Can We Coexist with Asia's Communists?
A Commentary By Patrick J. Buchanan
Wednesday, Secretary of State Mike Pompeo met for seven hours at Hickam Air Force Base in Hawaii with the chief architect of China's foreign policy, Yang Jiechi.
The two had much to talk about.
As The Washington Post reports, the "bitterly contentious relationship" between our two countries has "reached the lowest point in almost half a century." Not since Nixon went to China have relations been so bad.
Early this week, Chinese and Indian soldiers fought with rocks, sticks and clubs along the Himalayan truce line that dates back to their 1962 war. Twenty Indian soldiers died, some pushed over a cliff into a freezing river in the highest-casualty battle between the Asian giants in decades.
Among the issues surely raised with Pompeo by the Chinese is the growing bipartisan vilification of China and its ruling Communist Party by U.S. politicians the closer we come to November.
The U.S. has been putting China in the dock for concealing information on the coronavirus virus until it had spread, lying about it, and then letting Wuhan residents travel to the outside world while quarantining them inside China.
In America, it has become good politics to be tough on China.
The reasons are many.
High among them are the huge trade deficits with China that led to an historic deindustrialization of America, China's emergence as the world's first industrial power, and a U.S. dependency on Chinese imports for the vital necessities of our national life.
Then there is the systematic theft of intellectual property from U.S. companies in China and Beijing's deployment of thousands of student-spies into U.S. colleges and universities to steal security secrets.
Then there is the suppression of Christianity, the denial of rights to the people of Tibet and the discovery of an archipelago of concentration camps in western China to "reeducate" Muslim Uighurs and Kazakhs to turn them into more loyal and obedient subjects.
Among the strategic concerns of Pompeo: China's fortification of islets, rocks and reefs in the South China Sea and use of its warships to drive Vietnamese, Malaysian, Indonesian and Philippine fishing vessels out of their own territorial waters that China now claims.
Another worry for Pompeo: China's buildup of medium- and intermediate-range ballistic missiles, a nuclear arsenal not contained or covered by the Cold War arms agreements between Russia and the United States.
Then there were those provocative voyages by a Chinese aircraft carrier through the Taiwan Strait to intimidate Taipei and show Beijing's hostility toward the recently reelected pro-U.S. government on the island.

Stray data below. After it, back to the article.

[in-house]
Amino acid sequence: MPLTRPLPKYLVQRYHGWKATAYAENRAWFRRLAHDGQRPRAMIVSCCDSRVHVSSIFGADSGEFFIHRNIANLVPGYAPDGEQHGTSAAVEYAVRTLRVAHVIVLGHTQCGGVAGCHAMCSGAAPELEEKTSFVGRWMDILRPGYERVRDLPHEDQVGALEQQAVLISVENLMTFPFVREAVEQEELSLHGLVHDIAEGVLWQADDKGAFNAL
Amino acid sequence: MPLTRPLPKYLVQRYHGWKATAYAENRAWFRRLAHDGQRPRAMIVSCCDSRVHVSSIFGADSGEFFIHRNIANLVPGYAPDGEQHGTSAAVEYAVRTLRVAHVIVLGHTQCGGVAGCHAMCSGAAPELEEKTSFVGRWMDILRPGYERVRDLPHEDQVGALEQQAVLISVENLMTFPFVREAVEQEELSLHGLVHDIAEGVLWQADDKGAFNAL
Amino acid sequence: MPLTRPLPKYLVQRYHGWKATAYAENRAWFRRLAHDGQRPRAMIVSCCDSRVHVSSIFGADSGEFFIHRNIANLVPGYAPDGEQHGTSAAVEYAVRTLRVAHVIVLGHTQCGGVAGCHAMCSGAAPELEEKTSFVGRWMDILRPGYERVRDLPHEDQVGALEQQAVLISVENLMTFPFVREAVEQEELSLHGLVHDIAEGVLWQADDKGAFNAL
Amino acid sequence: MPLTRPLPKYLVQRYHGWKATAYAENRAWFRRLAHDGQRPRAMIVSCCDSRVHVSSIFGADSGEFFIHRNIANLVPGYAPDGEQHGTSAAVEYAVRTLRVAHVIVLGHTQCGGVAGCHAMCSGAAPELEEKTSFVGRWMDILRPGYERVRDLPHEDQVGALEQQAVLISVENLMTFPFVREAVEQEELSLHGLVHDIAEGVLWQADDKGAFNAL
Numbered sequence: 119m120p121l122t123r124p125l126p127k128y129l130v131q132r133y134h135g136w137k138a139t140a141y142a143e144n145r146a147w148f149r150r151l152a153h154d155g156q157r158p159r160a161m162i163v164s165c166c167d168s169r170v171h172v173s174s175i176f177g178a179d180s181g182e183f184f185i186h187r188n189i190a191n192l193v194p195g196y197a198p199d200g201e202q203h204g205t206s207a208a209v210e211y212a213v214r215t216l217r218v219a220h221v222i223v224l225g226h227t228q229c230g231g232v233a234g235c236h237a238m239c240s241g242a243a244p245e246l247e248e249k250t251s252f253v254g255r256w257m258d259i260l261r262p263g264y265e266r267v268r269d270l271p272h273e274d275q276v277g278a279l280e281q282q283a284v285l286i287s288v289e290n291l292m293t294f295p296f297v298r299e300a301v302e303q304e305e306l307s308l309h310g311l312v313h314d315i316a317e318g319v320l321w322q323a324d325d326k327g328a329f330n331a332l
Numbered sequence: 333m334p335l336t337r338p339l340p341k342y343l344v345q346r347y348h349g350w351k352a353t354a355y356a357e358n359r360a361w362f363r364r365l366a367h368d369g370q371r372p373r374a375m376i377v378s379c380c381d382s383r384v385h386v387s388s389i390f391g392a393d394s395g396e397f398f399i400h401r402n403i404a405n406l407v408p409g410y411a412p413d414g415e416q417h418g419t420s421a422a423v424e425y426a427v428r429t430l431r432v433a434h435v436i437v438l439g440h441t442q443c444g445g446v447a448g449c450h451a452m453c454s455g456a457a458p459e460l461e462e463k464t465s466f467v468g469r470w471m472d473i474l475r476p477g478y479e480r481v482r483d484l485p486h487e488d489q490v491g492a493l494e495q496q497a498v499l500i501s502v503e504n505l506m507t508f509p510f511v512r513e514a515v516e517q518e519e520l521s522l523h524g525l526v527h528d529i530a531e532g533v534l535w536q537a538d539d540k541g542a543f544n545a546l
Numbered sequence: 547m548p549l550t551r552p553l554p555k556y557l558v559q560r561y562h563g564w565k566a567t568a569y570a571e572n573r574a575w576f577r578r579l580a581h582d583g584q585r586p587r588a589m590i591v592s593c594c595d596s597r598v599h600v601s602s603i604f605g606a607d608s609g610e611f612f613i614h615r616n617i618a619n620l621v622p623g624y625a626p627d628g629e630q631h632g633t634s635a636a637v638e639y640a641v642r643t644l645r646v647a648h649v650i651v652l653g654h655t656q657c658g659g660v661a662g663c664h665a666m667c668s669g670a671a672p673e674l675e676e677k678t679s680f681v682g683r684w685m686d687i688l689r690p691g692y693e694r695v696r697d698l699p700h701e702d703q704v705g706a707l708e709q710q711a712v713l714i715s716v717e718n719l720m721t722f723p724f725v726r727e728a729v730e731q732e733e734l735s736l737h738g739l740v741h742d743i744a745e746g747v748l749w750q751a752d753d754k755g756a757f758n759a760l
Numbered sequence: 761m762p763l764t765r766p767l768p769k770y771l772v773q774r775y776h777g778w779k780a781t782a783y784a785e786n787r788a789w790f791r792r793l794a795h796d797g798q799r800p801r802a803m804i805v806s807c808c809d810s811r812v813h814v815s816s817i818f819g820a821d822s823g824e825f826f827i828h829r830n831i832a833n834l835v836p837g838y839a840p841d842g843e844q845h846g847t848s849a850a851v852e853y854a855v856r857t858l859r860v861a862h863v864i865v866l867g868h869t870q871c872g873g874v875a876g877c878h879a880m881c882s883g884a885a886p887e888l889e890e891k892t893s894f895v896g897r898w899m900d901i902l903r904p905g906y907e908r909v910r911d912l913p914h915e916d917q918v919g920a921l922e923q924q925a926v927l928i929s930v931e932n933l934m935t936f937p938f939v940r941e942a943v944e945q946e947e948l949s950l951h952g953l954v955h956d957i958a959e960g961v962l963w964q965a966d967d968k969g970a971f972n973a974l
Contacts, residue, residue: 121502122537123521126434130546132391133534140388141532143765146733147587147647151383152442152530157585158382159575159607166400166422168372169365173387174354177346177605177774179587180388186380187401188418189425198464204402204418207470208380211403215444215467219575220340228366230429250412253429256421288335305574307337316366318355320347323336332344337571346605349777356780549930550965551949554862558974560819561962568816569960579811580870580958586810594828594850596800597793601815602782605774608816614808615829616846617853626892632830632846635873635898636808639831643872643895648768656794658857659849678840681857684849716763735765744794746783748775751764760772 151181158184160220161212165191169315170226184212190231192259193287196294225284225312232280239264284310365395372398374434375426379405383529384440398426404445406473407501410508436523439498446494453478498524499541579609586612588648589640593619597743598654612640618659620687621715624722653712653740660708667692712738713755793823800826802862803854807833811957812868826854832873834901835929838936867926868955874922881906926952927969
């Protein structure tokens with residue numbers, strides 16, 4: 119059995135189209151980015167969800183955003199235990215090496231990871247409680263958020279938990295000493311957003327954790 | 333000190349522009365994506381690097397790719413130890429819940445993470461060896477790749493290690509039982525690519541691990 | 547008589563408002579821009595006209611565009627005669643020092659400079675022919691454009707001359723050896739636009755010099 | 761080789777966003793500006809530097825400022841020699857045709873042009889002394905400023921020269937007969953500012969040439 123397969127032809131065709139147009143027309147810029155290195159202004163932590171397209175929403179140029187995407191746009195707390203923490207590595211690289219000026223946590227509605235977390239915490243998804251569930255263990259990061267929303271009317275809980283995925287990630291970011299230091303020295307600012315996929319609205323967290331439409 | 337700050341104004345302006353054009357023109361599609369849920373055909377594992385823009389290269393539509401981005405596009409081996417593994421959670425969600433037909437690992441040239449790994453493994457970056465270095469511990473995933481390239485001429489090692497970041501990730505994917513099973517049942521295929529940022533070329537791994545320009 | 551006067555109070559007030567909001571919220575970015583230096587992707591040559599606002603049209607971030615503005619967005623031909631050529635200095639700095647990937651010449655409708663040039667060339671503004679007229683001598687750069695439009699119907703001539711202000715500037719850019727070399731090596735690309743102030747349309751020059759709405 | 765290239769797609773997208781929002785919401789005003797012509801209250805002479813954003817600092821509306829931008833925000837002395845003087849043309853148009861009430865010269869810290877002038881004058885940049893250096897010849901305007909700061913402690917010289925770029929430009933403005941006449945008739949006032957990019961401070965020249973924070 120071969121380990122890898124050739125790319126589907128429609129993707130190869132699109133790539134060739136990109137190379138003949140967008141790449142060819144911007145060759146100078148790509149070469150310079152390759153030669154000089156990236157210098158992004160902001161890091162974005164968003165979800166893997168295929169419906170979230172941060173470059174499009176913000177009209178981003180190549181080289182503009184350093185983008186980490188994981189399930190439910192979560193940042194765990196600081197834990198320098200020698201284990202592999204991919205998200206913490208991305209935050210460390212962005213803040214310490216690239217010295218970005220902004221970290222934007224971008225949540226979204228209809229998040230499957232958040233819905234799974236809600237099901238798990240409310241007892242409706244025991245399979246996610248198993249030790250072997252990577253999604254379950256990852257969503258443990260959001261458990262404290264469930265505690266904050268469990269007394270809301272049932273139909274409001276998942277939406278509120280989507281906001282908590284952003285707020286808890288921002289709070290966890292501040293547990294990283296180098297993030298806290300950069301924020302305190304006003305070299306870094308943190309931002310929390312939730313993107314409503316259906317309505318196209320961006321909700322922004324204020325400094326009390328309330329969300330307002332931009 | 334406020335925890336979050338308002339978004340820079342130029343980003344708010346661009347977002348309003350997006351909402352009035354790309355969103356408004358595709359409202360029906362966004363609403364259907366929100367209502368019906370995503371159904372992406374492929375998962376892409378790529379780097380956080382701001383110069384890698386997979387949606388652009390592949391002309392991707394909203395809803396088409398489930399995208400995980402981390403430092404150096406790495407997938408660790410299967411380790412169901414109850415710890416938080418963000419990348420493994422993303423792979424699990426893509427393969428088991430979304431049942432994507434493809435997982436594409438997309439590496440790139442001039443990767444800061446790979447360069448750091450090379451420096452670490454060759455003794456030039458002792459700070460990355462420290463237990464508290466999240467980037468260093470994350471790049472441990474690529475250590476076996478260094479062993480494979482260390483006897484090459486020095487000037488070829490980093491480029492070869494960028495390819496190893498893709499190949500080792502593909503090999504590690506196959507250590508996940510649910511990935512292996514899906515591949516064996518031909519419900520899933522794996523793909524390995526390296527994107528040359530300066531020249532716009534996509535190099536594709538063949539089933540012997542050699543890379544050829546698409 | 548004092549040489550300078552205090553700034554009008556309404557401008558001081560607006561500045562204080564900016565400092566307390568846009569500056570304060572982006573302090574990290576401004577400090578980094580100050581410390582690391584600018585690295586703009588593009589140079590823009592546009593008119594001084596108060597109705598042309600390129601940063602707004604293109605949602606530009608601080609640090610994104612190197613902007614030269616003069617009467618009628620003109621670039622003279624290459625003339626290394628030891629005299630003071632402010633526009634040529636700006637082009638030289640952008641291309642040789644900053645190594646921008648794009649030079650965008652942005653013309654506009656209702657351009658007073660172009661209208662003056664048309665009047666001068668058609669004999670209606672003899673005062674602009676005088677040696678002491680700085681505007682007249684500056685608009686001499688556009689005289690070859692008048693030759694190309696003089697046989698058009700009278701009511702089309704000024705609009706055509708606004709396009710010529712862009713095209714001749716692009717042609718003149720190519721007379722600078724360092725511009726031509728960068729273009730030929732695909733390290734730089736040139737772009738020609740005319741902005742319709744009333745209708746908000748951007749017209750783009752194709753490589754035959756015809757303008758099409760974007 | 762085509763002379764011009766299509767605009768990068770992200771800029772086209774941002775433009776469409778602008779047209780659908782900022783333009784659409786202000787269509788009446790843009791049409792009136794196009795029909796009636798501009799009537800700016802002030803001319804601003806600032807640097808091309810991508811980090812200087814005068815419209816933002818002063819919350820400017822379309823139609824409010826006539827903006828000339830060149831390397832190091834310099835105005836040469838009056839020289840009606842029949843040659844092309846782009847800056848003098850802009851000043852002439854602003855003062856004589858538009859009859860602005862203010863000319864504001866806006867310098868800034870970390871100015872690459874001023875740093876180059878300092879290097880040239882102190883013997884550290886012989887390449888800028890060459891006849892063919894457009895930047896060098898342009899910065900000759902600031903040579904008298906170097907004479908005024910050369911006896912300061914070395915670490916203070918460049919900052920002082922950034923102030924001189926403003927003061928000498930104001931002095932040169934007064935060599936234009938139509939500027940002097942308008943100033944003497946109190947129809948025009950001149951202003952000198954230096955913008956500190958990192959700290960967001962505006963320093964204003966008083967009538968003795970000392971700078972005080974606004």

Finally, there are China's growing restrictions on the freedoms the people of Hong Kong have enjoyed under the Basic Law negotiated with the United Kingdom when the territory was ceded back to Beijing in 1997.
Also on the menu at Hickam was almost surely the new bellicosity out of Pyongyang. This week, the building in Kaesong, just inside North Korea, where bilateral peace talks have been held between the two Koreas, was blown up by the North. With the explosion came threats from the North to send combat troops back into positions they had vacated along the DMZ.
The rhetoric out of the North against South Korean President Moon Jae-in, coming from the 32-year-old sister of North Korean dictator Kim Jong Un, the rising star of the regime, Kim Yo Jong, has been scalding.
In a statement this week, Kim Yo Jong derided Moon as a flunky of the Americans: "It is our fixed judgment that it is no longer possible to discuss the North-South ties with such a servile partner engaging only in disgrace and self-ruin, being soaked by deep-rooted flunkyism."
North Korea's state media published photos of the destruction of the joint liaison office. Pyongyang is shutting off communications with Seoul, and a frustrated South looks to be ginning up and reciprocating.
The North-South detente appears dead, and President Trump's special relationship with Kim Jong Un may not be far behind.
There are rumors of a renewal of nuclear weapons and long-range missile tests by the North, suspension of which was one of the diplomatic achievements of Trump.
Whether Trump's cherished trade deal with China can survive the growing iciness between the two nations remains to be seen.
What the Chinese seem to be saying with their actions -- against India, Vietnam, Malaysia, Indonesia, the Philippines, Taiwan, Australia, Hong Kong and Japan -- is this: Your American friends and allies are yesterday. We are tomorrow. The future of Asia belongs to us. Deal with it!
No one should want a hot war, or a new cold war, with China or North Korea.
But if Trump was relying on his special relationships with Kim Jong Un and Xi Jinping, his trade deal with China and his commitment by Kim to give up nuclear weapons for recognition, trade and aid, he will have to think again.
For the foreseeable future, Communist bellicosity out of Beijing and Pyongyang seem in the cards, if not worse.
Patrick J. Buchanan is the author of "Nixon's White House Wars: The Battles That Made and Broke a President and Divided America Forever." To find out more about Patrick Buchanan and read features by other Creators writers and cartoonists, visit the Creators website at www.creators.com.
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